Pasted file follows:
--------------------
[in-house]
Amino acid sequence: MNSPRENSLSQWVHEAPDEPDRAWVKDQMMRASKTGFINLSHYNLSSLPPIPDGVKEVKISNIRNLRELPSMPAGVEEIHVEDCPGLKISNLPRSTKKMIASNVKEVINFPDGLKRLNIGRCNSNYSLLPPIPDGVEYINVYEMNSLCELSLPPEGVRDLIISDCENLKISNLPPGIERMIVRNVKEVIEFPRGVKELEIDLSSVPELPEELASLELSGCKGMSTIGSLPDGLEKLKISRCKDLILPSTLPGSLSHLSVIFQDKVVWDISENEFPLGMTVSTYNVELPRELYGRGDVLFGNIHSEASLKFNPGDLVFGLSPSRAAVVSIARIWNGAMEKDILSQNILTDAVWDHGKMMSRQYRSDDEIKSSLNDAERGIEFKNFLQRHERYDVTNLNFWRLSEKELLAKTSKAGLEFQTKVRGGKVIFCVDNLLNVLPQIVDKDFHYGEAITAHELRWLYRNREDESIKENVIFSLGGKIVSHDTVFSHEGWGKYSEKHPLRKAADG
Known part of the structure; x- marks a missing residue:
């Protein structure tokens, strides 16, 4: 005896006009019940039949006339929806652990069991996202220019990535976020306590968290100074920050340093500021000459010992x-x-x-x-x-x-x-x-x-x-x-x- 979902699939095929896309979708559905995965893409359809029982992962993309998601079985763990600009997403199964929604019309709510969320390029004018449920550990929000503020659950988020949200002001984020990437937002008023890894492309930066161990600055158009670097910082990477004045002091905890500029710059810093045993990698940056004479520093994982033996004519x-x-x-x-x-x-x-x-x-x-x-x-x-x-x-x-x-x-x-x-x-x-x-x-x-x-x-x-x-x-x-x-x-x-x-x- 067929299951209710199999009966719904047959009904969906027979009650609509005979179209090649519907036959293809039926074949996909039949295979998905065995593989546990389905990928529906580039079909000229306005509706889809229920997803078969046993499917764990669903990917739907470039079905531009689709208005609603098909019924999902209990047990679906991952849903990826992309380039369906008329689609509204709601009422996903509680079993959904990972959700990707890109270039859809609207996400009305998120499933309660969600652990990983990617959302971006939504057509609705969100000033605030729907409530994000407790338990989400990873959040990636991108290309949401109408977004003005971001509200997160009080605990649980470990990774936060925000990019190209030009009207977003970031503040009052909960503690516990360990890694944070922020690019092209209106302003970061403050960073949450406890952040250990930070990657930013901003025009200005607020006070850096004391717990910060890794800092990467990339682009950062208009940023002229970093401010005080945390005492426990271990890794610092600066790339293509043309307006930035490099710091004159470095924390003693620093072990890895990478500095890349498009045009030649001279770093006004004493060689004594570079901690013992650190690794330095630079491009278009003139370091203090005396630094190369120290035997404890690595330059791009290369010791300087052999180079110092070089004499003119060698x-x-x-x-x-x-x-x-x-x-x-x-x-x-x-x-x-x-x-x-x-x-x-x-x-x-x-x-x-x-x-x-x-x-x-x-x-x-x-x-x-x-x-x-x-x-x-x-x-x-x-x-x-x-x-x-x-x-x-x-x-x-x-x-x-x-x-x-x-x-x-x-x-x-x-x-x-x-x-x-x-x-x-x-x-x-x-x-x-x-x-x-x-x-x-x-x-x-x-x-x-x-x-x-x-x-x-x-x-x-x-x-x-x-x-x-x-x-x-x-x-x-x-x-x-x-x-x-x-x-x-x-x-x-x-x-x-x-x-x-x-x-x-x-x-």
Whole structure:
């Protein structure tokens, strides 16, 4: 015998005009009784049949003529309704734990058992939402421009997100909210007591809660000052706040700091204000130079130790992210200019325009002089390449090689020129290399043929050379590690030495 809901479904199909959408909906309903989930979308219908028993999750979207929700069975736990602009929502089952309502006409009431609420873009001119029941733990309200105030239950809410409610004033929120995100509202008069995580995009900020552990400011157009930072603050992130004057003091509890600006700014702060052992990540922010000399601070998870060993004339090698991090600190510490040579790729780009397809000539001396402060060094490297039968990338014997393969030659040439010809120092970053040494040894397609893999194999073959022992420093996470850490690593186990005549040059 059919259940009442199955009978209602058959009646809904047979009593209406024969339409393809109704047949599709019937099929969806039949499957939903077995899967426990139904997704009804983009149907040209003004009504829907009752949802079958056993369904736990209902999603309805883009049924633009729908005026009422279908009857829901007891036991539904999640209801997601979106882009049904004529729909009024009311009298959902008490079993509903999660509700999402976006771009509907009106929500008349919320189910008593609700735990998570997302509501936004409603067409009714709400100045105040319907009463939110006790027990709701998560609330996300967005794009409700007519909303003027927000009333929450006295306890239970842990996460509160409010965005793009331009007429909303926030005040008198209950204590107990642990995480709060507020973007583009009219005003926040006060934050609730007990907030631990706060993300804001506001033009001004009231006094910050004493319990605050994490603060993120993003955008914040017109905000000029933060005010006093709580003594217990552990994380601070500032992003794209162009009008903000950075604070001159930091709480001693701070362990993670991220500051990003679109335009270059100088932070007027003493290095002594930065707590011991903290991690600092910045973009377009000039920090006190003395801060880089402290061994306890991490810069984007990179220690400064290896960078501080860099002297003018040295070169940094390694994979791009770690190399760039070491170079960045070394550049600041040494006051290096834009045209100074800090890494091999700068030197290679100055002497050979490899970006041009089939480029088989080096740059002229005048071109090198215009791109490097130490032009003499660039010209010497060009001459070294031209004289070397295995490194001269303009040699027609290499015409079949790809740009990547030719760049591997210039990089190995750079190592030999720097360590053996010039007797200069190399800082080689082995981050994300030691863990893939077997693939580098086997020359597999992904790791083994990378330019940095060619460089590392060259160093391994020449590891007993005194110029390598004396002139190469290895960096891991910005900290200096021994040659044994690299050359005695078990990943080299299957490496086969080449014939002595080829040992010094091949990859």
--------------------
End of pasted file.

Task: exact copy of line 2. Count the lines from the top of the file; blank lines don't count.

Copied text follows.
Amino acid sequence: MNSPRENSLSQWVHEAPDEPDRAWVKDQMMRASKTGFINLSHYNLSSLPPIPDGVKEVKISNIRNLRELPSMPAGVEEIHVEDCPGLKISNLPRSTKKMIASNVKEVINFPDGLKRLNIGRCNSNYSLLPPIPDGVEYINVYEMNSLCELSLPPEGVRDLIISDCENLKISNLPPGIERMIVRNVKEVIEFPRGVKELEIDLSSVPELPEELASLELSGCKGMSTIGSLPDGLEKLKISRCKDLILPSTLPGSLSHLSVIFQDKVVWDISENEFPLGMTVSTYNVELPRELYGRGDVLFGNIHSEASLKFNPGDLVFGLSPSRAAVVSIARIWNGAMEKDILSQNILTDAVWDHGKMMSRQYRSDDEIKSSLNDAERGIEFKNFLQRHERYDVTNLNFWRLSEKELLAKTSKAGLEFQTKVRGGKVIFCVDNLLNVLPQIVDKDFHYGEAITAHELRWLYRNREDESIKENVIFSLGGKIVSHDTVFSHEGWGKYSEKHPLRKAADG